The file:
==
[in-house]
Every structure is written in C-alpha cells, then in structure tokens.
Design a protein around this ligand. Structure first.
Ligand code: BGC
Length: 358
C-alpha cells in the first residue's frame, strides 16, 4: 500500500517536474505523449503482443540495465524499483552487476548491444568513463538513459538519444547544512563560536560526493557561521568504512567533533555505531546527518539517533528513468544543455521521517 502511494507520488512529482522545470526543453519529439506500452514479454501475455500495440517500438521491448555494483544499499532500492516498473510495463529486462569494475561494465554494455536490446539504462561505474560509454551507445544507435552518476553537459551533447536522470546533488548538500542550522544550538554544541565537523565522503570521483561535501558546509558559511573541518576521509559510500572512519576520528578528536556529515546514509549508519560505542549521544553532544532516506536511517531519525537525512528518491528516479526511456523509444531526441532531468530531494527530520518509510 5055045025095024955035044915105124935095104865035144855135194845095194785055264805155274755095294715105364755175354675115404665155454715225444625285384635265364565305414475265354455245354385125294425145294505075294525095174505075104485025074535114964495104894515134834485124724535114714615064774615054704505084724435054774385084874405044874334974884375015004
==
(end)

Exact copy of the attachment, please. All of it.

[in-house]
Every structure is written in C-alpha cells, then in structure tokens.
Design a protein around this ligand. Structure first.
Ligand code: BGC
Length: 358
C-alpha cells in the first residue's frame, strides 16, 4: 500500500517536474505523449503482443540495465524499483552487476548491444568513463538513459538519444547544512563560536560526493557561521568504512567533533555505531546527518539517533528513468544543455521521517 502511494507520488512529482522545470526543453519529439506500452514479454501475455500495440517500438521491448555494483544499499532500492516498473510495463529486462569494475561494465554494455536490446539504462561505474560509454551507445544507435552518476553537459551533447536522470546533488548538500542550522544550538554544541565537523565522503570521483561535501558546509558559511573541518576521509559510500572512519576520528578528536556529515546514509549508519560505542549521544553532544532516506536511517531519525537525512528518491528516479526511456523509444531526441532531468530531494527530520518509510 5055045025095024955035044915105124935095104865035144855135194845095194785055264805155274755095294715105364755175354675115404665155454715225444625285384635265364565305414475265354455245354385125294425145294505075294525095174505075104485025074535114964495104894515134834485124724535114714615064774615054704505084724435054774385084874405044874334974884375015004